Flaubert’s travel diary goes up for auction for €600,000

The handwritten book reveals the Madame Bovary author’s literary struggles, and is part of an auction cache that includes first editions of works by Goethe and the Marquis de Sade

The manuscript contains page after page of scratched out notes, smudges, comments and ink blots by Flaubert, written while walking in Brittany. Photograph: Stéphane Briolant

The manuscript contains page after page of scratched out notes, smudges, comments and ink blots by Flaubert, written while walking in Brittany. Photograph: Stéphane Briolant

 

The handwritten manuscript is page after page of scratched-out notes, smudges, comments and ink blots that reveal just how arduous the French novelist Gustave Flaubert found the writing process.

Celebrated for his first and most famous published work, Madame Bovary, which took five years to write, Flaubert was meticulous about the style and elegance of his work.

On Tuesday, a rare book of travel notes Flaubert wrote while walking in Brittany, which experts say shows the workings of the great literary mind, is expected to fetch €600,000 when it comes up for auction.

“It is such a rare and marvellous book. It’s truly remarkable,” says Benoît Forgeot, an expert from the French auction house Drouot.

“When you read this book you are in [Flaubert’s] atelier looking over his shoulder, seeing the process of creation, the search for perfection.

“We can see that Flaubert was a man for whom writing was a difficult process; he was perpetually unsatisfied with what he had done, as is clear from all the scratching-out and rewriting. This book is a direct contrast to his letters, where it is rare to find a single error.”

The Flaubert manuscript is among hundreds of original works, first editions and letters to be sold from the private library of businessman Pierre Bergé, best known outside France as the long-time partner of the late designer Yves Saint Laurent and co-founder of the YSL fashion house.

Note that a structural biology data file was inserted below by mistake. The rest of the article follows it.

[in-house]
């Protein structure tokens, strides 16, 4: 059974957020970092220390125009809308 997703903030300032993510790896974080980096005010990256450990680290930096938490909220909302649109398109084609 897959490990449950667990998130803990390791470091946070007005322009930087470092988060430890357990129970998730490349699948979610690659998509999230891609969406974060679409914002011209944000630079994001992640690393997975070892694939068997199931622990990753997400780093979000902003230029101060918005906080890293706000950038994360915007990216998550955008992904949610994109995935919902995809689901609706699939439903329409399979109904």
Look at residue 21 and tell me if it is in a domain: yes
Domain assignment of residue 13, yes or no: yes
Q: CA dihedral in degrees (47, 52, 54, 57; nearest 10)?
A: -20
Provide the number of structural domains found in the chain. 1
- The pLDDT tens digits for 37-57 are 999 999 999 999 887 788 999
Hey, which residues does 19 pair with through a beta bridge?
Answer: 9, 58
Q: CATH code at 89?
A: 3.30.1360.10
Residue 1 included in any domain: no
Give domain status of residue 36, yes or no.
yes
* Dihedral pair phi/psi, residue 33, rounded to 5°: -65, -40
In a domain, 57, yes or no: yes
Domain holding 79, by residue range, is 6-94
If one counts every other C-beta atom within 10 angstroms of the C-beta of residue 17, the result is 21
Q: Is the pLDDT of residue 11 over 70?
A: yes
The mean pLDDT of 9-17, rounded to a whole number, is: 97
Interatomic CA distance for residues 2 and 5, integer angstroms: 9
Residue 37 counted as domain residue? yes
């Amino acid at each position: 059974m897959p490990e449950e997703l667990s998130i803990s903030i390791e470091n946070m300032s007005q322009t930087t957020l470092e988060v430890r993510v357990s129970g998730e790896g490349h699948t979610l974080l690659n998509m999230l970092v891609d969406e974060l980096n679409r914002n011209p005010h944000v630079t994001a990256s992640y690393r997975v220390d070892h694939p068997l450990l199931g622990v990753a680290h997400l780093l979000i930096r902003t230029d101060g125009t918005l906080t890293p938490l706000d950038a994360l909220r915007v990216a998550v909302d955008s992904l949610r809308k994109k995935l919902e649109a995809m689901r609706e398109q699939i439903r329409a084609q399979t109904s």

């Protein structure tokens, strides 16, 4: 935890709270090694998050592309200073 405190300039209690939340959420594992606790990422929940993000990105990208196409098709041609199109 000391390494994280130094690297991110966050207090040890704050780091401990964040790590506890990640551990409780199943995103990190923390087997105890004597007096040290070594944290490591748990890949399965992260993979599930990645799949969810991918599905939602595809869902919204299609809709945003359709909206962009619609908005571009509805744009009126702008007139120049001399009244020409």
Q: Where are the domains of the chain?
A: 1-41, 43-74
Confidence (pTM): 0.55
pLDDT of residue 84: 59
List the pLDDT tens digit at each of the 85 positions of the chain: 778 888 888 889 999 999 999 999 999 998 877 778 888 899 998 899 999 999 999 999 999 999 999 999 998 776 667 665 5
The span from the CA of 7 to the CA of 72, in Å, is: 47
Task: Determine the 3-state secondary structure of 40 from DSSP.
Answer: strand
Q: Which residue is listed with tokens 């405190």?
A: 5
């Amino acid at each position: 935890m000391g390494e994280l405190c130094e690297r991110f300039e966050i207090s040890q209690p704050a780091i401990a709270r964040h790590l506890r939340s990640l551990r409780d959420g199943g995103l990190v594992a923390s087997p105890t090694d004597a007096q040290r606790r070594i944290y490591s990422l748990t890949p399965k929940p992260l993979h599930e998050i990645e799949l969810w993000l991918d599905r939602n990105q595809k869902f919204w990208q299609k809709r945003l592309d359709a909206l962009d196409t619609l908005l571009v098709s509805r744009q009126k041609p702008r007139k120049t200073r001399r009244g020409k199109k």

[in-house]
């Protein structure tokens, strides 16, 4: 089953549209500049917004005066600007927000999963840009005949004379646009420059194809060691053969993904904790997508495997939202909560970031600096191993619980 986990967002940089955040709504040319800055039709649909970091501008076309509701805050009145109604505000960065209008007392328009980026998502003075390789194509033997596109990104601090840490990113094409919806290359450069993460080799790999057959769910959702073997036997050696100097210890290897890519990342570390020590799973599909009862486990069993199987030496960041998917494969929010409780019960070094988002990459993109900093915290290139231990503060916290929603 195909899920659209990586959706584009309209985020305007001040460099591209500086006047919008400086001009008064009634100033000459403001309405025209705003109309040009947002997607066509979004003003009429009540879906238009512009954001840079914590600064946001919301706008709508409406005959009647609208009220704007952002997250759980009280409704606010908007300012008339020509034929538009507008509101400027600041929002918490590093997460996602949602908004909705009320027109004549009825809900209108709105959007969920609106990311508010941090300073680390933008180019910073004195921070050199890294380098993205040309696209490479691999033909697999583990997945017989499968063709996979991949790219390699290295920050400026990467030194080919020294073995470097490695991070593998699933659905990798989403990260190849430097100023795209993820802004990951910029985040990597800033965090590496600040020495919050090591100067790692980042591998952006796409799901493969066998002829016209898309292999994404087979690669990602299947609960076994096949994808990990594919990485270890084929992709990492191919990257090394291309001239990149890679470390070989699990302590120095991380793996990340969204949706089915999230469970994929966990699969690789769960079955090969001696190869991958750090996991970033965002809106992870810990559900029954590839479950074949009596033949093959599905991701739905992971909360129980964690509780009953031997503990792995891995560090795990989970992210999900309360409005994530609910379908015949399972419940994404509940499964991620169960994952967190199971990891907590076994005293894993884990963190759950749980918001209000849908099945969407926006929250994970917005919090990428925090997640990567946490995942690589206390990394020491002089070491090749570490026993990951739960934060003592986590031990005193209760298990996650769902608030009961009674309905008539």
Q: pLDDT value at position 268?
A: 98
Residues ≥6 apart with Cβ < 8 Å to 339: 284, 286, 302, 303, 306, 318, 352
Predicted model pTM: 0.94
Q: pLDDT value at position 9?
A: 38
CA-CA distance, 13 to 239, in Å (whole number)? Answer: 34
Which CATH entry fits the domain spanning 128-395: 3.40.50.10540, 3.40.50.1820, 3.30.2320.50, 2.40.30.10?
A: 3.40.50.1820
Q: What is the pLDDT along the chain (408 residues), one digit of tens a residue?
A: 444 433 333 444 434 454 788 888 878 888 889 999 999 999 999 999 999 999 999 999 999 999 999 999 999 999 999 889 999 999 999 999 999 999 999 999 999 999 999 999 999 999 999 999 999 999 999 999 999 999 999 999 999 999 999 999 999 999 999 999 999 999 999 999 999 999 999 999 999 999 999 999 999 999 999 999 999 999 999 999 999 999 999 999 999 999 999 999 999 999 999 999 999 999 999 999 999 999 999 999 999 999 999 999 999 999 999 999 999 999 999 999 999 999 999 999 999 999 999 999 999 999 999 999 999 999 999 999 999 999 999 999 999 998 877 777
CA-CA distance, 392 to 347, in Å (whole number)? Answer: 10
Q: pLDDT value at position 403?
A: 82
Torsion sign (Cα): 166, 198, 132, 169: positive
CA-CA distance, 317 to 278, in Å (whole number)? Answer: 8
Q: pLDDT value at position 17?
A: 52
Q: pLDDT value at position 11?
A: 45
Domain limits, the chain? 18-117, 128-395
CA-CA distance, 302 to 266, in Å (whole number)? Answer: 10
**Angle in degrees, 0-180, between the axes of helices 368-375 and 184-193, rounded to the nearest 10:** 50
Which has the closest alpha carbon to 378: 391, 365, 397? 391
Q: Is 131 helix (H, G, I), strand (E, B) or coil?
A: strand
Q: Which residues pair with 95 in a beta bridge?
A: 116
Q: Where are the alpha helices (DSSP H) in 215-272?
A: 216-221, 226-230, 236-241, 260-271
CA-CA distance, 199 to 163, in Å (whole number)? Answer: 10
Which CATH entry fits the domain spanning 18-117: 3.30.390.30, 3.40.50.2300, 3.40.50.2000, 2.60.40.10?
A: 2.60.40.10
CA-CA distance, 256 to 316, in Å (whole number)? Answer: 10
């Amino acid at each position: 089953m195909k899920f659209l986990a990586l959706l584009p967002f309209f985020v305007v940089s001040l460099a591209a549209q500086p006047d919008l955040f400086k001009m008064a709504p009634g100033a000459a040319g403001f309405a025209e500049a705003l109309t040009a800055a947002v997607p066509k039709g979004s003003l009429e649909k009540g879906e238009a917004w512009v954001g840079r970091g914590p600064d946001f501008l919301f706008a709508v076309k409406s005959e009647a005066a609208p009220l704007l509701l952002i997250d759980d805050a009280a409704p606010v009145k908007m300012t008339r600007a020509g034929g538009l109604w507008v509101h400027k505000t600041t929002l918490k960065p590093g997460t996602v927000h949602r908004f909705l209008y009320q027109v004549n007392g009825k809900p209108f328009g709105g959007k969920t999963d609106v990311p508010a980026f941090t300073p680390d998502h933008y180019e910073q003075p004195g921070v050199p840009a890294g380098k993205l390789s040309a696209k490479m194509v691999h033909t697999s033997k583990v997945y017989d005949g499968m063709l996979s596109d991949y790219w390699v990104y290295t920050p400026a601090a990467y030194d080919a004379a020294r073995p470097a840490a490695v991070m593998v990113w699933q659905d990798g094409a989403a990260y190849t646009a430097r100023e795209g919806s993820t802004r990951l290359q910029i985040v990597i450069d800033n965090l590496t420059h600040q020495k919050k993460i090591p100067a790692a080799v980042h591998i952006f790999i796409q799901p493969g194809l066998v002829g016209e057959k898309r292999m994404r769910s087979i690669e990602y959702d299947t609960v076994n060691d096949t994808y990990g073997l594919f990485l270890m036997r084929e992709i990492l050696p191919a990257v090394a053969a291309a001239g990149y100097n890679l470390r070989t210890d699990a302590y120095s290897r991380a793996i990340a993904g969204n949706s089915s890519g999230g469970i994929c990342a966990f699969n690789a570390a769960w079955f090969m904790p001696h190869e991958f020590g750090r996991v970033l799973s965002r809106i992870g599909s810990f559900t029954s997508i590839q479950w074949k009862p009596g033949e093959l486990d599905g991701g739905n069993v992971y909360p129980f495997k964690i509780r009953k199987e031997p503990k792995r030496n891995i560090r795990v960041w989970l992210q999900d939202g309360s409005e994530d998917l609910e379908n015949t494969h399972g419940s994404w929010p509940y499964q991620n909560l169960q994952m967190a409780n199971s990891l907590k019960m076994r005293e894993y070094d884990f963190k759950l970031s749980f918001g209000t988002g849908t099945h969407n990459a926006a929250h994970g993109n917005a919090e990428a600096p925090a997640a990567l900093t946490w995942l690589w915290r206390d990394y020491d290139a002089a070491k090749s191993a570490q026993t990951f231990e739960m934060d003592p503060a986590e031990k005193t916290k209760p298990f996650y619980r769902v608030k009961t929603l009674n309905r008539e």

It is the second of four sales of Bergé’s extensive library – he has already sold off his art collection – in which Flaubert features heavily as one of the tycoon’s favourite writers. The first sale last year raised almost €12m, with tomes fetching up to 10 times their estimated price.

At the time, Benoît Puttemans, Sotheby’s deputy director, said the sale was “historic”. “It’s a tribute to Pierre Bergé’s choices. He has been collecting books with passion and discernment.”

This week’s sale, organised by Bergé’s company in conjunction with Sotheby’s at the Hôtel Drouot, will feature 376 lots dedicated to 19th-century European literature.

Rare works dating from 1780 to 1900 include some by Russian, German, English, Italian and French authors of international renown, many in their original language.

The collection also reveals Bergé’s eclectic tastes. First editions by Johann Wolfgang von Goethe and the Marquis de Sade – including the eight-volume Aline et Valcour, which Sade wrote in the Bastille prison one year before the French revolution - a limited edition two-volume set of William Wordsworth poems from 1807 and an original edition of Hans Christian Andersen fairytales, all come under the hammer.

There is also a collection of books by Balzac, Dumas and Sand from the Duchess of Berry’s chateau, including 10 original editions, estimated at €80,000; an original The Three Musketeers in three volumes by Dumas, estimated at €40,000; and rare editions of books by Keats, Marx, Pushkin, Schopenhauer, Shelley, Stendhal, Chekhov and Dostoevsky. An edition of Salomé by Oscar Wilde, dedicated “To my friend Lord Alfred Bruce Douglas, the translator of my play”, will also be sold.

The 277-page Flaubert travel diary – Lot 351 – was described as the jewel of the auction. It was written in 1848 when Flaubert and his friend Maxime Du Camp went walking in Brittany and decided to write a joint work: Flaubert the odd-number chapters, Du Camp the even. They were never published in his lifetime.

Forgeot said he hoped it would go to someone who would read it and not put it in a display case.

“A printed book can have a certain coldness, but this handwritten work is a direct physical link to the author. It’s a book that should be touched, smelled, caressed. It is made to be touched,” he said.

- Guardian Service

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